On Friday, the 9th of September, Dutch Climate and Energy Minister, Rob Jetten, updated the House of Representatives on the Protect and Restore Gas Plan, which the government is devising. Should the Netherlands unexpectedly have insufficient gas, interventions will follow.
In the event of a gas crisis, the country will first focus on compelling some 250,000 energy-intensive companies to reduce their usage by 20%. Jetten writes about studies showing that cutting the gas supply would have a considerable social impact.
In his letter, the Minister refers to a scenario analysis Gasunie published in mid-July. An update will follow in late September, he writes. In mid-July, Gasunie in, and there that should the Russian gas supply stop entirely, there would not be any gas shortage in the Netherlands in winter. However, there are many ifs and buts.
If there were to be a shortage, the Protect and Restore Gas plan would kick in. The country is currently in phase one, 'early warning.' The Netherlands is not expected to enter phase two, 'alarm,' any time soon. Phase three, 'emergency,' follows. That, says policymakers, means an imminent gas crisis and shutdowns.
And that would have 'significant social consequences' confirm the studies Jetten cited. Research done this summer used a larger group of customers (250+) than last winter, as well as the connection between sectors.
The government would, thus, prefer to first get some companies to reduce their gas usage by 20%. Then, certain companies within a sector would have to close, and only as a last resort would entire sectors be cut off. This scaling back in each sector would be gradual, according to the draft phase-out plan, which the Dutch newspaper, Financieele Dagblad, reported on too.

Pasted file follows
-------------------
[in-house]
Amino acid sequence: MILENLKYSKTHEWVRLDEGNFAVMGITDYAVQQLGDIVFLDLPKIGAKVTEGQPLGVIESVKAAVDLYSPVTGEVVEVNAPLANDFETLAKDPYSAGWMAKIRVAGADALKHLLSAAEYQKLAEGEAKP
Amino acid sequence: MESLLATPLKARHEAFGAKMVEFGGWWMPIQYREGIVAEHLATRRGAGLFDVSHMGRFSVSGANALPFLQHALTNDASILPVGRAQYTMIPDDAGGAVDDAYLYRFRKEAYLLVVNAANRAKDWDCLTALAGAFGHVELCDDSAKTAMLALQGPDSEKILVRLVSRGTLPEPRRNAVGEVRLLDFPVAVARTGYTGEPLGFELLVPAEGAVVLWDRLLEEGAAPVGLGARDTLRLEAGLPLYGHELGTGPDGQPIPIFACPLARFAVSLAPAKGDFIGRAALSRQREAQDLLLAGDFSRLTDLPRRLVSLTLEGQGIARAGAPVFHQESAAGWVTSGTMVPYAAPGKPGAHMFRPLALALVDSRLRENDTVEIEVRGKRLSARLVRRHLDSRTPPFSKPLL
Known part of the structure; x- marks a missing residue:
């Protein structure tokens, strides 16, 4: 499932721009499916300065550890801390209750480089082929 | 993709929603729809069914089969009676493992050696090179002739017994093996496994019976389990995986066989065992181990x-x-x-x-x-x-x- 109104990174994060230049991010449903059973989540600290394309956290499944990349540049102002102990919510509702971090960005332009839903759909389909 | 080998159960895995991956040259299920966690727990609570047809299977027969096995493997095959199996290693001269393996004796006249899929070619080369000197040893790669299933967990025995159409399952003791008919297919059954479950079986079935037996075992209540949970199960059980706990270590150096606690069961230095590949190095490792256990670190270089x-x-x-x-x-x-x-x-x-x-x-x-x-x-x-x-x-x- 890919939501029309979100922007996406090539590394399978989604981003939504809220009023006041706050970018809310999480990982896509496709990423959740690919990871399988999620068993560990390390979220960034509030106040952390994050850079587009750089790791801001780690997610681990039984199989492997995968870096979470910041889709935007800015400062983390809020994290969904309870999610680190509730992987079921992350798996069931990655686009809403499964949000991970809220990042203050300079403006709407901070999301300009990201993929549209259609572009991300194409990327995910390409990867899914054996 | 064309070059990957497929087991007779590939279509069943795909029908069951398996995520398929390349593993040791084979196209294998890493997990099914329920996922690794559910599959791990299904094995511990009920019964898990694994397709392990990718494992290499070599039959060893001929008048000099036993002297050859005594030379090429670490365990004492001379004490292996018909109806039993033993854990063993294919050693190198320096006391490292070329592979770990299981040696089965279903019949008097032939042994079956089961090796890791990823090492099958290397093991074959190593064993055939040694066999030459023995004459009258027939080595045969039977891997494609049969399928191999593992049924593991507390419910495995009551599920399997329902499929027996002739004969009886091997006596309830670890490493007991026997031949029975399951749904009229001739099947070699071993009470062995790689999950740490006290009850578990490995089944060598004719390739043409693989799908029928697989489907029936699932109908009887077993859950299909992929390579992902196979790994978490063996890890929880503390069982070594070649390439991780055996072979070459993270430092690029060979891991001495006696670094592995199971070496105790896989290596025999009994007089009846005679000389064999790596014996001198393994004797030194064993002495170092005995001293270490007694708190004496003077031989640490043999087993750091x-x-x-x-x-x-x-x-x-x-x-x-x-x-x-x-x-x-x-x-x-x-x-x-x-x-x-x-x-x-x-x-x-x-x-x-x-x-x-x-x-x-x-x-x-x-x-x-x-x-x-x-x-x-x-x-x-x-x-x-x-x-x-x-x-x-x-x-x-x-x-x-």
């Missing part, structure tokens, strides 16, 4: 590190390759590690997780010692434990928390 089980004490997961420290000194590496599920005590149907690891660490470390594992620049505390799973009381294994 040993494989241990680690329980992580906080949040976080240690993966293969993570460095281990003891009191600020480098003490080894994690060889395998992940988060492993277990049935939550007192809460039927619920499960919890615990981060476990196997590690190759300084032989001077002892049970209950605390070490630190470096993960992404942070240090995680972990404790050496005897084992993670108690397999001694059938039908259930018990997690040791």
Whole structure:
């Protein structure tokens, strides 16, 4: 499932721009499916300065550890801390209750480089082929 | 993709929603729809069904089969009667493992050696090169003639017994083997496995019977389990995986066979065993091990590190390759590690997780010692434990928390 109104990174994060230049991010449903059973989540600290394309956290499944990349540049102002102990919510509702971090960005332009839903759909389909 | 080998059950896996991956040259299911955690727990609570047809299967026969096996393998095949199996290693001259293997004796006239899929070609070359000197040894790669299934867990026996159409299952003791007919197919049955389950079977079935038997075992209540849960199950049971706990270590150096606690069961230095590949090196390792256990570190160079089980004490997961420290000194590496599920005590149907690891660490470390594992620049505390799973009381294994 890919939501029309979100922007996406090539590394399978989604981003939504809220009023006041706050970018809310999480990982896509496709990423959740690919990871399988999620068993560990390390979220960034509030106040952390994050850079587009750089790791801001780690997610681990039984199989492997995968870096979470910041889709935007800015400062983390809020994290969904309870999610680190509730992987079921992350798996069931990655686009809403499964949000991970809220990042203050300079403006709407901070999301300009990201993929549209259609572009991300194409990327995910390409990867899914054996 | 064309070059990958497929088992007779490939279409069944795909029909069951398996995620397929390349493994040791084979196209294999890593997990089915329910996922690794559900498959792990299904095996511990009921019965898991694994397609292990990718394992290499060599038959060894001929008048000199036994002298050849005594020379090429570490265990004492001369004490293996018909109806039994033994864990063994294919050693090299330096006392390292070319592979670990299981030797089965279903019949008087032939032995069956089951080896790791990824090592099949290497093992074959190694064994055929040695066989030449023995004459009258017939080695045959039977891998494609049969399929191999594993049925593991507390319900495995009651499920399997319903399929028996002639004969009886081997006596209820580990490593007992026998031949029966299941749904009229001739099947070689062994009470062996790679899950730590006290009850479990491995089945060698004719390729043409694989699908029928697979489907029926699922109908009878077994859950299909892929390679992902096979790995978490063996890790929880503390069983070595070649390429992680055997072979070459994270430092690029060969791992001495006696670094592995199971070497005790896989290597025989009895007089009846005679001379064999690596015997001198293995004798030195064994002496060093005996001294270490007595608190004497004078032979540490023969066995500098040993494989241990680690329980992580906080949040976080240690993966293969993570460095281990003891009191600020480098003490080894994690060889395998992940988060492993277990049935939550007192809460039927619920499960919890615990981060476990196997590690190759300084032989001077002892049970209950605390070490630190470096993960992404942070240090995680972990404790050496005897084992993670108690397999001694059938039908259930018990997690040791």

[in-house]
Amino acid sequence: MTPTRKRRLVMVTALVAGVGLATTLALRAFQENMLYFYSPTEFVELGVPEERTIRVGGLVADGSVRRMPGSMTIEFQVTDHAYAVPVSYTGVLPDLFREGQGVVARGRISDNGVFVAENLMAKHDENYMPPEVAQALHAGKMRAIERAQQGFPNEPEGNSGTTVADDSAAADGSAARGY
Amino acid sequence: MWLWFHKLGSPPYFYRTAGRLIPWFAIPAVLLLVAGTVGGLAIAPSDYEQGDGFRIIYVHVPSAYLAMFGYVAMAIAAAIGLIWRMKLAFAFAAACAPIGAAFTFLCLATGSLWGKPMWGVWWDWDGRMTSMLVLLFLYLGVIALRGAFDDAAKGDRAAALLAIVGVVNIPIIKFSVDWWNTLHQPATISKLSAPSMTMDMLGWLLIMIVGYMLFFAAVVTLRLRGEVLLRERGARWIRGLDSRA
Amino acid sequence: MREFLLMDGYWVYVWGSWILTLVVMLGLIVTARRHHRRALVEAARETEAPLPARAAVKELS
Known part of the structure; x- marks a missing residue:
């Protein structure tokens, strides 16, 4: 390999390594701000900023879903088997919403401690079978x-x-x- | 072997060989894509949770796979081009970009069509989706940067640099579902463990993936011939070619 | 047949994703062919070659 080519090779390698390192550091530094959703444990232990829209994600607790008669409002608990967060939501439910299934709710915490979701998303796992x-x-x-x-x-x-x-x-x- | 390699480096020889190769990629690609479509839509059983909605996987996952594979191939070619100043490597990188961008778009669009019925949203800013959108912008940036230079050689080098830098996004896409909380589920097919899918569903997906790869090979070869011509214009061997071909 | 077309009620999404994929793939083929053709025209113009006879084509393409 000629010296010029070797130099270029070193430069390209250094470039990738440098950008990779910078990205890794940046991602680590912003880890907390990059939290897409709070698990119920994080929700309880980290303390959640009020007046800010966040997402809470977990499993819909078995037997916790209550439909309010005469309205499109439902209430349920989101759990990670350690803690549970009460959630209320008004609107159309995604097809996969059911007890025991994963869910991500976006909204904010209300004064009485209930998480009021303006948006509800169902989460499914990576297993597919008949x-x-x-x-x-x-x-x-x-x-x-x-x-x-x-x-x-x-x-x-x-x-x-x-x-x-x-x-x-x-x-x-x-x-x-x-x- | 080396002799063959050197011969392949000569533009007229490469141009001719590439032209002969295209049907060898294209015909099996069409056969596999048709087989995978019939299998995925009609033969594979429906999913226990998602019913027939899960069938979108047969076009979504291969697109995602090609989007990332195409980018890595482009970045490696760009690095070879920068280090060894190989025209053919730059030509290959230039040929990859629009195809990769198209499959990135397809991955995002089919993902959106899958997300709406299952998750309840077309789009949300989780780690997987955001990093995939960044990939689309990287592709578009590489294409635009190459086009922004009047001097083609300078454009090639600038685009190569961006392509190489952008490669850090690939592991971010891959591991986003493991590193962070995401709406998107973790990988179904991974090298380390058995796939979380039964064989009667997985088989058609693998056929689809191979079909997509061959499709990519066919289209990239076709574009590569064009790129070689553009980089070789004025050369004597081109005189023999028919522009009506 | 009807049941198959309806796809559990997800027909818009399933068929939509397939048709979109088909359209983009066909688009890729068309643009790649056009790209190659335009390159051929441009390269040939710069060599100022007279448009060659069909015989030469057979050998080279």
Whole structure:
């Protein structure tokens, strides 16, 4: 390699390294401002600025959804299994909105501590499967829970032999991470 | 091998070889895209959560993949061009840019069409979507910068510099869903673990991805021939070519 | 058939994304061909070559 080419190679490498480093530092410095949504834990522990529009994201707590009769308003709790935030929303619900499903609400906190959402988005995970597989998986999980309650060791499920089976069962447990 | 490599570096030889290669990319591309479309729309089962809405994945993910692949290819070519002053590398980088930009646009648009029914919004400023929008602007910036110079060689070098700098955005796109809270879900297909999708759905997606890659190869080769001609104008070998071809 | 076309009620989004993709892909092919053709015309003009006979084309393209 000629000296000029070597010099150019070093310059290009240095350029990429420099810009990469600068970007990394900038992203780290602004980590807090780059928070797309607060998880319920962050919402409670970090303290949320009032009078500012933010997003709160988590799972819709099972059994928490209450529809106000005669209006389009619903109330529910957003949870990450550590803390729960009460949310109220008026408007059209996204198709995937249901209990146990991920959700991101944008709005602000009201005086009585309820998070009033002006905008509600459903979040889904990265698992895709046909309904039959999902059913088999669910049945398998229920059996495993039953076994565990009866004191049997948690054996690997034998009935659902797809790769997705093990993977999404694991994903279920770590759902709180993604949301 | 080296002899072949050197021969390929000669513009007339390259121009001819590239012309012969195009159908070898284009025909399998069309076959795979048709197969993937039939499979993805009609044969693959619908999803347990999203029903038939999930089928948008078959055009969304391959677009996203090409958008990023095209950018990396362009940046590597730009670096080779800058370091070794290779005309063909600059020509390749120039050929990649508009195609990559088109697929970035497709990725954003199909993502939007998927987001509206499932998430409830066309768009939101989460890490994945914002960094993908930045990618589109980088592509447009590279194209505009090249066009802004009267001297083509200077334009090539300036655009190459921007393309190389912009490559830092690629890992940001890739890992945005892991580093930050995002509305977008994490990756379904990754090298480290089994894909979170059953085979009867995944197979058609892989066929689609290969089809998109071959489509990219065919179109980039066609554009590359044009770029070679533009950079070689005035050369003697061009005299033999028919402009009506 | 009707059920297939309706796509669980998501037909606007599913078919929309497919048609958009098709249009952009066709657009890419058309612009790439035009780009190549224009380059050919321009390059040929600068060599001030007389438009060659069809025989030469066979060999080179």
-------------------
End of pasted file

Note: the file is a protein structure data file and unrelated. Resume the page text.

It would look like this:
There are four steps to the cut-off strategy, the Minister's letter explains.
- Step 1: The first step is to reduce roughly 20% of the past three months' average seasonally-adjusted consumption. This measure will be imposed on all non-protected customers (who these are, is not fully clarified). The chain impact analysis shows this is possible for virtually all of these clients, with a limited effect on health and safety, social and economic disruption, and energy system stability.
- Step 2: This step targets individual businesses - those with wholesale connections - within sectors. That will allow sectors on limited throughput to continue as long as possible, thus preventing the shutdown of entire parts of value chains. This should limit the impact on health and safety, social and economic disruption, and energy system stability. The government is currently working out the details on how a sectoral reduction target will translate into a company-level switch-off task.
- Step 3: In this step, whole sectors will be cut off. Here, the focus is on customers with extensive user connections and who are active in a gas-intensive sector. That firstly involves sectors that, if cut off, will not disrupt society too much. Sectors will follow in order of social impact. Here again, the effect on health and safety, social and economic disruption, and stability of the energy system are important criteria.
- Step 4: As a final step, the remaining non-protected users, not yet disconnected, will have their gas cut off.